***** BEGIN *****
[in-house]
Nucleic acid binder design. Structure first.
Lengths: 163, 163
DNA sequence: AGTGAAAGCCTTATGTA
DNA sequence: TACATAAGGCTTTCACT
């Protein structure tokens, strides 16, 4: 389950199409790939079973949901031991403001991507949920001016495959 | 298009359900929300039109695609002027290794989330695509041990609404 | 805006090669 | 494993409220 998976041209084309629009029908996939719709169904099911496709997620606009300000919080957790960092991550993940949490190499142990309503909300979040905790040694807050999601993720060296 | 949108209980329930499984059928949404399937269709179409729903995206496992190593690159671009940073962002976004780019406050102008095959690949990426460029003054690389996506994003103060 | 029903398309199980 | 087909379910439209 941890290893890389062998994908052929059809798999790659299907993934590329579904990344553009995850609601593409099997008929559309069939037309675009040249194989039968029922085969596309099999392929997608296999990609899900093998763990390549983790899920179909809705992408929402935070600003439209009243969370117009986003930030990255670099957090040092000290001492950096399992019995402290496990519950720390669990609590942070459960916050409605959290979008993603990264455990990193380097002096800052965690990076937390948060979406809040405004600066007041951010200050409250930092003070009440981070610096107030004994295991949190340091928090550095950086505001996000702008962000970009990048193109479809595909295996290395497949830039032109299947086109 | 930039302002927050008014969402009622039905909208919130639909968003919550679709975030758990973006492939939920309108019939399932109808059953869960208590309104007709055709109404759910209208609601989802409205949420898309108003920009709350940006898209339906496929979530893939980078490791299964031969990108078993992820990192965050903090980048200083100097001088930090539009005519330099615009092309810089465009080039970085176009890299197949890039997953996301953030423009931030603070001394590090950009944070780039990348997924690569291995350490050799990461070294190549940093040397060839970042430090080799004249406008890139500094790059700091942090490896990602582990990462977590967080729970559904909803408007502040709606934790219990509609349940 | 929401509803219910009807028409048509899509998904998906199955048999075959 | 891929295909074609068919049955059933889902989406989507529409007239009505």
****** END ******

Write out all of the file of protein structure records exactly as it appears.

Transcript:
[in-house]
Nucleic acid binder design. Structure first.
Lengths: 163, 163
DNA sequence: AGTGAAAGCCTTATGTA
DNA sequence: TACATAAGGCTTTCACT
């Protein structure tokens, strides 16, 4: 389950199409790939079973949901031991403001991507949920001016495959 | 298009359900929300039109695609002027290794989330695509041990609404 | 805006090669 | 494993409220 998976041209084309629009029908996939719709169904099911496709997620606009300000919080957790960092991550993940949490190499142990309503909300979040905790040694807050999601993720060296 | 949108209980329930499984059928949404399937269709179409729903995206496992190593690159671009940073962002976004780019406050102008095959690949990426460029003054690389996506994003103060 | 029903398309199980 | 087909379910439209 941890290893890389062998994908052929059809798999790659299907993934590329579904990344553009995850609601593409099997008929559309069939037309675009040249194989039968029922085969596309099999392929997608296999990609899900093998763990390549983790899920179909809705992408929402935070600003439209009243969370117009986003930030990255670099957090040092000290001492950096399992019995402290496990519950720390669990609590942070459960916050409605959290979008993603990264455990990193380097002096800052965690990076937390948060979406809040405004600066007041951010200050409250930092003070009440981070610096107030004994295991949190340091928090550095950086505001996000702008962000970009990048193109479809595909295996290395497949830039032109299947086109 | 930039302002927050008014969402009622039905909208919130639909968003919550679709975030758990973006492939939920309108019939399932109808059953869960208590309104007709055709109404759910209208609601989802409205949420898309108003920009709350940006898209339906496929979530893939980078490791299964031969990108078993992820990192965050903090980048200083100097001088930090539009005519330099615009092309810089465009080039970085176009890299197949890039997953996301953030423009931030603070001394590090950009944070780039990348997924690569291995350490050799990461070294190549940093040397060839970042430090080799004249406008890139500094790059700091942090490896990602582990990462977590967080729970559904909803408007502040709606934790219990509609349940 | 929401509803219910009807028409048509899509998904998906199955048999075959 | 891929295909074609068919049955059933889902989406989507529409007239009505």